Title: Forks in the Road

Fandom: Crows Zero

Pairing(s): Serizawa Tamao/OC

A/N: What can I say? I watched the two movies more than two months ago, and this was born. Hopefully my main character won't be a Mary-Sue who's instantly loved, so badass with her badassery, and speaks/interacts with the Crows without a drop caution. She definitely will not be attending Suzuran for no apparent reason.

Some won't like this because they would prefer a slash pairing, but I will only write such a story when it's clear that the characters prefer their own sex—believe me, though, I understand why people ship Genji/Izaki.

Disclaimer: This story is based on the Crows Zero movies, as well as the characters as they are portrayed therein. All recognizable characters are owned by Hiroshi Takahashi.

Summary: Dead-tired and quite happy to finally head home, Miyuki is walking away from the nightclub when her life suddenly becomes a nightmare. A life that's saved by the Monster of Suzuran. Slowly, she is pulled into the world of the Crows, and its politics.


With a tray of drinks balanced precariously on the palm of her hand, Miyuki burst through the doorway and wove gracefully—and quickly—past the faceless, nameless bodies around her. The first thing to hit her was the dense ambience of smoke and stale alcohol; then, came the flashing lights, the excited clapping, the familiar intro to the song Ruka had been practising oh-so-diligently the past fortnight.

And practising certainly had paid off, she noticed a few heartbeats later when she was pressed quite unceremoniously against the railing, the metal bar digging into her stomach. Every eye was directed toward the lithe singer clad in a t-shirt and jeans, and not the sweaty waitress who had to wrestle her way through the nightclub. Just another day for Daito Miyuki.

After placing the drinks on the appropriate table, Miyuki made her way back to the bar, only raising her head and permitting herself to sigh once she had placed her tray aside, immediately forgotten. Ushiyama looked up, then arched an eyebrow as he continued to wipe a glass, the movements purely mechanical for her weary eyes.

"Long day, Miyuki-chan?" he asked, raising his voice slightly so that he could be heard over the noise (there was no other way to describe it), and still he continued to clean the glass.

"Mmm," she pouted as she rubbed at her eyes, barely swallowing a yawn before abruptly deciding to air her opinion, "I'll be fine." With an almighty sigh, Miyuki raised her arms and listened as the final cadences of the song made the nightclub vibrate.

Ushiyama sighed. "Am I such a bad boss that you'd lie to me?" Turning slightly, he set the glass on the counter and grabbed another. "I'm hurt, Miyuki-chan—go home. If you wish."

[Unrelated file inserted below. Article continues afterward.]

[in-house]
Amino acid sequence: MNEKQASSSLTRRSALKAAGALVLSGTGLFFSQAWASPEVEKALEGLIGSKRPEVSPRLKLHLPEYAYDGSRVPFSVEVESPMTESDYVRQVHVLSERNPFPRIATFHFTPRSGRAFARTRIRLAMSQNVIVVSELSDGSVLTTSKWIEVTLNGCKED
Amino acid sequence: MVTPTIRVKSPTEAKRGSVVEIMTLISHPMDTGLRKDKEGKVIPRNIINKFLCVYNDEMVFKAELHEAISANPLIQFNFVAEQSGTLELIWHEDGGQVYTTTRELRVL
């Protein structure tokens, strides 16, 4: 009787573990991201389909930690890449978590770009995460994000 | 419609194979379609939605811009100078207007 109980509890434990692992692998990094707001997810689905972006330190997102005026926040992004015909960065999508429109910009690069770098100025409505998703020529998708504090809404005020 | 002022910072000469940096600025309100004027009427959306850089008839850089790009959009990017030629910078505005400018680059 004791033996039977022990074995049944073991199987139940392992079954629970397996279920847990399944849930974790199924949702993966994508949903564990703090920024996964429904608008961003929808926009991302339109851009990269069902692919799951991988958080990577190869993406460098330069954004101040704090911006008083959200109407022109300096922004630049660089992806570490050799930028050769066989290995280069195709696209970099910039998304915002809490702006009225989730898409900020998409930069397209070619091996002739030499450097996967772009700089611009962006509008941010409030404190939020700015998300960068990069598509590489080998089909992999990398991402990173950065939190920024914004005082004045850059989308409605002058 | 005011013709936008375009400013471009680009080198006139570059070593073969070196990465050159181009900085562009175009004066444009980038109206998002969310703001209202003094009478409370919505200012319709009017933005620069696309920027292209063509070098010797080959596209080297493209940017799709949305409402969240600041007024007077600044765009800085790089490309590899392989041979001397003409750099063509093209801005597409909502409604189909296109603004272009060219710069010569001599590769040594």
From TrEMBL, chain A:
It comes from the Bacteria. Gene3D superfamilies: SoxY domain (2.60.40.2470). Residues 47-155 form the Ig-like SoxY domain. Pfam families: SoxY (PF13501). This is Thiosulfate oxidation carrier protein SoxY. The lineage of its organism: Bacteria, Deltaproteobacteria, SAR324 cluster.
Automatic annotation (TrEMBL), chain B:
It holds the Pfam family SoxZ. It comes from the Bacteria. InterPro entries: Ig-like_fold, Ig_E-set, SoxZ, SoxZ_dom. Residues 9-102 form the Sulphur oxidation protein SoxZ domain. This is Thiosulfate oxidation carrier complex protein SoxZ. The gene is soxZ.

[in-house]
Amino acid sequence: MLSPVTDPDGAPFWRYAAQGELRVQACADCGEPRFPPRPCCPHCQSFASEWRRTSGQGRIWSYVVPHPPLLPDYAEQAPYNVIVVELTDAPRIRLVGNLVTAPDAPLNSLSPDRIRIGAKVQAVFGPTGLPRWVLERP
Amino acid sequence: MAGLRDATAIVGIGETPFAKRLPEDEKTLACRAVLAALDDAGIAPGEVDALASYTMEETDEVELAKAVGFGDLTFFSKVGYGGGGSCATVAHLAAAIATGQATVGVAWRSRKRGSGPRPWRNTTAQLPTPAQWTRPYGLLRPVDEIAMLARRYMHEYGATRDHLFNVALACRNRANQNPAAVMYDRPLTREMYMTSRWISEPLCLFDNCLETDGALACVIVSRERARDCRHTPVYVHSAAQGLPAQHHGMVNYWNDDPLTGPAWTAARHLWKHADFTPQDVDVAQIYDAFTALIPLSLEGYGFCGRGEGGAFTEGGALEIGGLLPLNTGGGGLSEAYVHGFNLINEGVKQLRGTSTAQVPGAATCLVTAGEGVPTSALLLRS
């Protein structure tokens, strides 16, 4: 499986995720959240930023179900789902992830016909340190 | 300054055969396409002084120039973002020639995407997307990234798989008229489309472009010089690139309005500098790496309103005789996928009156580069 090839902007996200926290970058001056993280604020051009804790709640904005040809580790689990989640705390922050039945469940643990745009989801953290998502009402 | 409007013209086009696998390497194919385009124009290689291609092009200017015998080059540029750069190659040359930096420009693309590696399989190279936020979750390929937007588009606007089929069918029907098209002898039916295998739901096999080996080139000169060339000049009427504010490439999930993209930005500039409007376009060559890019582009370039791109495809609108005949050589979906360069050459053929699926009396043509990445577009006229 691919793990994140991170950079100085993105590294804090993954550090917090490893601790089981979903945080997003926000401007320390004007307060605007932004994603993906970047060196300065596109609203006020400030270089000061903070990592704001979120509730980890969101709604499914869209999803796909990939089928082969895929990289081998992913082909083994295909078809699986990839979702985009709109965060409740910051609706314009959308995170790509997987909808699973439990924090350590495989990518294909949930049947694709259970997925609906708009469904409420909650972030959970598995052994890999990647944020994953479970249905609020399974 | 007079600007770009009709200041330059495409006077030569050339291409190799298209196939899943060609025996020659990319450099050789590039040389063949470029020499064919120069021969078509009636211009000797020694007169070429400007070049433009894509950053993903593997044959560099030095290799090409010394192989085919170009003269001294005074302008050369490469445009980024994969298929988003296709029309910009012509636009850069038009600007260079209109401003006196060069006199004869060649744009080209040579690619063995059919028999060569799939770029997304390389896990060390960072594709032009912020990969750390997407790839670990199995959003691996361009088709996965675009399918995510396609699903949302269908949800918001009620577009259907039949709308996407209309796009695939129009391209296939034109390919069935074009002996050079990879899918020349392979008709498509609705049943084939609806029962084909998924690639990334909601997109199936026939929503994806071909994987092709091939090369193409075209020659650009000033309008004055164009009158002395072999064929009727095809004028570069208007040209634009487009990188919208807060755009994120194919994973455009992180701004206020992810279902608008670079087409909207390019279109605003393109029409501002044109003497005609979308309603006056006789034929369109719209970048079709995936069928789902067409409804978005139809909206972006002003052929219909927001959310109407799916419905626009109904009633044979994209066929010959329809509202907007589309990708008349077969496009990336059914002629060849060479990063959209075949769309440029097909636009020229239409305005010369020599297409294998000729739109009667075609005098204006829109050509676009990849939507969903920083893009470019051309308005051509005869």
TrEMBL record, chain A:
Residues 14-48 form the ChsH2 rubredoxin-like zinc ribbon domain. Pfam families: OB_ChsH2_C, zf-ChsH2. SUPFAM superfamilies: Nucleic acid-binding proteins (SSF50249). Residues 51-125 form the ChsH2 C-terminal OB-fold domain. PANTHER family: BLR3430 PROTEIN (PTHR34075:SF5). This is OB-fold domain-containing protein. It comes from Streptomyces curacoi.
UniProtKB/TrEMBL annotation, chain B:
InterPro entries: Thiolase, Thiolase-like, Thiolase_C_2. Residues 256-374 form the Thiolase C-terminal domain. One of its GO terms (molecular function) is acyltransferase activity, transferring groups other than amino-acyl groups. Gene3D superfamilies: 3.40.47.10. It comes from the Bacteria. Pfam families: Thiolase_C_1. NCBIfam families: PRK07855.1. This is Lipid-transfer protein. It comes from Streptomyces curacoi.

There was nothing waiting for her in that cold shoebox. Miyuki did not deign to answer. When a muffled, slightly slurred voice pierced the fog clouding her senses, she snatched her tray and promptly scurried off. Perhaps too quickly, Miyuki decided when she found herself face to face with Yu, Kyoko, and a number of laughing men. Fantastic.

After graduating from high school, then fleeing from the only 'familiarity' she had known her whole life (a pitiful town in a pitiful region) a few months later, Daito Miyuki had lived the life of a drifter before settling down in the infamous home of the School of the Delinquents. Only because she had had no choice in the matter.

But that didn't erase the fact that she wasn't supposed to flee her home—that shouldn't have happened. Daito Miyuki wasn't supposed to know who Kyoko and Yu were (she only knew them because they followed Ruka around, their loyalty and friendship making her burn with jealousy) because she wasn't supposed to even set a foot in their godforsaken city.

"Ah, Daito-san!" But Kyoko always greeted her, and always had a sweet, glossy smile ready for any and everyone. Miyuki gave her the largest grin she could muster, yet somehow it didn't feel forced. "Can we—"

After memorising the order, batting aside a pair of grabby hands, and returning with a tray of drinks, Miyuki found herself being swallowed by her work and responsibilities—which included cleaning up after one had thrown up. Clean the glasses, clean the floor, get drinks for the lucky few stationed at a table, smile, laugh, repeat.

Repeat, until the doors had been closed for the night (or morning?), the chairs had been placed aside, and every nook and cranny had been cleaned. Only then could Miyuki sigh and lean against the counter, waving a paper fan at her face as she pouted tiredly at the ceiling.

"Home, Miyuki-chan."

"Hai, hai," she sighed and stood upright, her back popping here and there as she stretched, giving her trusty tray one last nudge before taking off. The door swung shut behind her, making a racket that sent shivers down her spine.

For a long suspended moment Miyuki stood silently in the street, her breath forming a cloud of mist before her nose. Then, shuddering once again, she managed to move: down the street, past shops, her eardrums still ringing and still hearing a song that had long ceased, dead. The echo of a memory.

And accompanied with the memory of a life nearly forgotten, Miyuki walked the familiar route back to her apartment in a listless manner, deaf and dumb to everything around her. Which was the most stupid thing a girl should do when walking alone in the early hours of the morning, only the stars and the moon and the flickering streetlights watching over her.

Stupid.